In 1982, Marvel started publishing the comic “G.I.Joe – A Real American Hero”. This together with the cartoon series that started a year later was part of Hasbro’s master plan of using different media to help promote their product. So really as far as Hasbro was concerned, the comic really had one main purpose, to be a glorified catalogue to feature and help sell more of their toys.
Fortunately for us, the writer of the comic was none other than Larry Hama, who today is considered to be the “godfather” of all things G.I.Joe (well…at least the Real American Hero line). Anyway, Mr. Hama wasn’t interested in writing just glorified toy catalogue. He wanted to write a real series, featuring characters with real relatable personalities that he himself fleshed out in the filecards that he wrote as well for each action figure.
Anyway, one of the major obstacles he faced was that he really couldn’t kill off any of the main characters for the sake of the story or realism. So to work around this, he introduced other characters who were more than just background characters but were featured heavily as well. One of the more memorable ones was introduced very early on in the series. This was the mysterious eskimo mercenary Kwinn. Since he was a mercernary, he had no real allegiance to Joe or Cobra, just to anyone who would pay his price. In fact when he makes his debut, he is actually working for the Russians. Anyway early on it was established that Kwinn, although a mercenary was a very honourable man, who would fulfil all debts and promises and more importantly jobs, regardless of how he personally felt about them.
On his first assignment, he managed to outsmart the Joes and accomplish his mission, but in the process came to respect the Joes. In succeeding issues, he ended up working for Cobra but is ultimately betrayed by them and left for dead. He manages to survive alongside G.I.Joe Snake Eyes, who he builds an even stronger respect for, as well as another character, resident Cobra scientist Dr. Venom.
Now everybody knows Snake Eyes. But Dr. Venom, maybe not as much, since he was another original character created by Larry Hama. And his story is so intertwined with Kwinn that it is really impossible to mention one without the other. Through circumstances beyond their control, these three guys are forced to work together in order to survive, through their ordeals, Dr. Venom takes every single opportunity he gets to try and kill Kwinn (and Snake Eyes). Luckily, he is unsuccessful in every turn and only manages to anger Kwinn even more. When Dr. Venom eventually makes it back to Cobra, Kwinn makes it his personal mission to track down Venom and kill him.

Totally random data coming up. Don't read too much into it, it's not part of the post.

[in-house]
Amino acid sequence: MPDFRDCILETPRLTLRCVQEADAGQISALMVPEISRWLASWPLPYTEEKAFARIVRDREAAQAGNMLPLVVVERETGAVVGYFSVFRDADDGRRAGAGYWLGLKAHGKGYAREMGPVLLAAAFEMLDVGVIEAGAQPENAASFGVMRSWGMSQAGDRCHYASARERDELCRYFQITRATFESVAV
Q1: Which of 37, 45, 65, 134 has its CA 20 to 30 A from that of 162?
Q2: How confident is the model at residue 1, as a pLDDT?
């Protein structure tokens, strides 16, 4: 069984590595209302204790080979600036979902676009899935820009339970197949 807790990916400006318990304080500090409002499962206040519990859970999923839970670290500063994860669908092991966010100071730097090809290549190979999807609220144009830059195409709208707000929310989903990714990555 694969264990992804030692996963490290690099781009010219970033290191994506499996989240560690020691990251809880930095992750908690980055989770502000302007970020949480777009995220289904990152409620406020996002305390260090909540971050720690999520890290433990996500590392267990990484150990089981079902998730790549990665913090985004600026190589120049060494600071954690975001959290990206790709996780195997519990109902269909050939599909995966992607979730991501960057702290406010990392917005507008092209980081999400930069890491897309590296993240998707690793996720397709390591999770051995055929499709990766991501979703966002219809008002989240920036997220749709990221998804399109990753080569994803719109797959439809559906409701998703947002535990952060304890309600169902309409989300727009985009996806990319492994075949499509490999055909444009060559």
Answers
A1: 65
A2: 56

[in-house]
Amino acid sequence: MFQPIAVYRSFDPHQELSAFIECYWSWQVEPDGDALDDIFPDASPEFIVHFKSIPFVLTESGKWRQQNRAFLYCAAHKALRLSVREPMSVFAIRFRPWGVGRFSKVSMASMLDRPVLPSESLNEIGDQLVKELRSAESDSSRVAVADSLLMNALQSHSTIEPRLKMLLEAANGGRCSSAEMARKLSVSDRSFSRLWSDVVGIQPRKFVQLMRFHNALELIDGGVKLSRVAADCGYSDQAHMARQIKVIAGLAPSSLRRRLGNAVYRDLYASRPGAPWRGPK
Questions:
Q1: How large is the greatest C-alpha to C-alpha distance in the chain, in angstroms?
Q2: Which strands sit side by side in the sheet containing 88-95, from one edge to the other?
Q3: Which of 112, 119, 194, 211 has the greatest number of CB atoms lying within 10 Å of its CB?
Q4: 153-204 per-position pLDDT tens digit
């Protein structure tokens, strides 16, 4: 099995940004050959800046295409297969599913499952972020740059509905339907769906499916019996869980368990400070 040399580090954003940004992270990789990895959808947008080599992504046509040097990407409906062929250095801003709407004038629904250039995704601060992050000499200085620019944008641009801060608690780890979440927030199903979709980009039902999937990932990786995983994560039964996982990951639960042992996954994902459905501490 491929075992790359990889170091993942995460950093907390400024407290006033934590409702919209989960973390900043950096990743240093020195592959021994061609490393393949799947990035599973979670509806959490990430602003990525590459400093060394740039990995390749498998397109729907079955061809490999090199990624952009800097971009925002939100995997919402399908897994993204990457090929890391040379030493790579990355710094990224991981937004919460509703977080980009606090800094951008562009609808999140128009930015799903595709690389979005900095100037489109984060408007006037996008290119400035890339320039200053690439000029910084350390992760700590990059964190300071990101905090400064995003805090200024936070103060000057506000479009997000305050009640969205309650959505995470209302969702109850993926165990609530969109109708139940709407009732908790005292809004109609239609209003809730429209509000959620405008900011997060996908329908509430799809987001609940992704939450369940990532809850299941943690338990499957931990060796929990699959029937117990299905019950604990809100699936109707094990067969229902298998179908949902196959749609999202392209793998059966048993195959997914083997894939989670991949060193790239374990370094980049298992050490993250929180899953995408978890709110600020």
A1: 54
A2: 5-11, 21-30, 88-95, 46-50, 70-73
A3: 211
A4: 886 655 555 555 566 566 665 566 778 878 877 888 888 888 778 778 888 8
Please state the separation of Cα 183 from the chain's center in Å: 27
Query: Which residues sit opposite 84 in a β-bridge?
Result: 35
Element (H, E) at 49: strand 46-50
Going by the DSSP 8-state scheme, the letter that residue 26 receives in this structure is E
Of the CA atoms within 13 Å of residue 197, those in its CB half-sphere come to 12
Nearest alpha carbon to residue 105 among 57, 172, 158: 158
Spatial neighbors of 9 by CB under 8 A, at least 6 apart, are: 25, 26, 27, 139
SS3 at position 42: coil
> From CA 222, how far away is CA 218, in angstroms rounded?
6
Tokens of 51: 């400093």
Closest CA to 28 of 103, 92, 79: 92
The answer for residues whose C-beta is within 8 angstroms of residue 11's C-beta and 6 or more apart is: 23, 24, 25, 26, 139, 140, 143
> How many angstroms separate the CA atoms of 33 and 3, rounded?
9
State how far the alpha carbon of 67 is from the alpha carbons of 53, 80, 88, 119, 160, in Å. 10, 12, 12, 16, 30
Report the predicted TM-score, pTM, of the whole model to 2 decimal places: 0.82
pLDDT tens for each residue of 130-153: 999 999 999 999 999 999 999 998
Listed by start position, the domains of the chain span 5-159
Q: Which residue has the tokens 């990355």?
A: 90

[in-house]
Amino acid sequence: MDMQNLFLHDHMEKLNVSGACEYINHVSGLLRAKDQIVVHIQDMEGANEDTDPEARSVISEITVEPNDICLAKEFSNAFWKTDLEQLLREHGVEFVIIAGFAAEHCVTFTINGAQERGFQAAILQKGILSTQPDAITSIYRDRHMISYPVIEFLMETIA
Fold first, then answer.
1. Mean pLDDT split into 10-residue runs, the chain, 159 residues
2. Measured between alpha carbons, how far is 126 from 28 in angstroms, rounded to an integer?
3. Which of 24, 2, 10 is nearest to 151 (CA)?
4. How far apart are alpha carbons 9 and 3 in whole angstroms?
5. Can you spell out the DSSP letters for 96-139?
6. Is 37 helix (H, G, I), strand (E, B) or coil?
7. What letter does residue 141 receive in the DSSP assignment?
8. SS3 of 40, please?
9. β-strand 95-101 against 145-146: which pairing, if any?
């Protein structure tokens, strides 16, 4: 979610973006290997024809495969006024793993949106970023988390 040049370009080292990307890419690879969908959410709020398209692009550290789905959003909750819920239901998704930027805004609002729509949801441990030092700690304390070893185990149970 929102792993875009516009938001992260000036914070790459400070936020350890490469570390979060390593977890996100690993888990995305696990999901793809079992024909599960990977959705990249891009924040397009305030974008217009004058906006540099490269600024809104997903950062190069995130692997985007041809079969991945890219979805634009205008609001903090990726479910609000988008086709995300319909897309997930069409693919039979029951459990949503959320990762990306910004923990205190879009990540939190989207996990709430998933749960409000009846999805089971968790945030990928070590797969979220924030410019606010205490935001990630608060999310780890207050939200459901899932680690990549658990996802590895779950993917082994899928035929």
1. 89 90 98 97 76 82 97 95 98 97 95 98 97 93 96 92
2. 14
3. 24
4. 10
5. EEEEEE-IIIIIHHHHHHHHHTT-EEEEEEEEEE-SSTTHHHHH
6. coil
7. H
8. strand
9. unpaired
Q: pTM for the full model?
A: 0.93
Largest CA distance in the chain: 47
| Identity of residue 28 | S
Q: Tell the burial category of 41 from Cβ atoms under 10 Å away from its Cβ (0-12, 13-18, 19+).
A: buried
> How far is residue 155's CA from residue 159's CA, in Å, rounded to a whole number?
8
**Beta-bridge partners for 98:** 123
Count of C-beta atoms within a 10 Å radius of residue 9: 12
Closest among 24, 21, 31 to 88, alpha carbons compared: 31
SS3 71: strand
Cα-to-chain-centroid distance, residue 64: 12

Eventually, Kwinn finally gets his chance to kill Venom but in the end realizes that in his thirst for vengeance, he has become no better than the man he has sworn to kill. So he lets Venom live, makes peace with himself and walks away. Ever the opportunist, Venom pulls out a gun and shoots him repeatedly at his back, killing him. But as his dead body falls at a gloating Dr. Venom’s feet, his hand opens revealing a live grenade, which then explodes killing Venom as well. And so ends the story of Kwinn & Dr. Venom.
As a kid reading the Joe comics, I really didn’t like Kwinn. And as shallow as this may sound, I didn’t like him cuz well…he was ugly. Here was this big hulking guy who kept outsmarting the Joes, that the comics seem to constantly focus on. He also spoke funny calling Snake Eyes “Shadow Man” and speaking about vengeance and “weasel spirits” which for a little boy was a bit too much to take in. It was only when I was much older that I came to really appreciate Kwinn as a character.
I don’t know if this was Mr. Hama’s intention but Kwinn was the first real complex character introduced to the Real American Hero universe. Here was this guy you really couldn’t quite peg. Because of his mercenary nature, he wasn’t quite good or bad. He was the first gray area in G.I.Joe, proof that Mr. Hama was serious in writing a realistic title despite limitations handed down to him by the powers that be. And that is something one can really come to appreciate when you’re older. He was introduced in issue # 2 and died in issue #18. That really isn’t much of a comic life span considering the actual title lasted 12 years and over 100 issues.
That is a testament to how well his character was written and portrayed. Although his time was brief, he managed to be memorable enough to so many readers that when a proper modern action figure was released almost 30 years later, Joe fans were ecstatic! And looking at his figure, you can tell that Hasbro really pulled out all the stops in making him. It’s like a love letter in plastic to Larry Hama and all the fans of the fantastic comic that he wrote. So somewhere out there in the comic book afterlife, the weasel spirit is smiling down on all of us.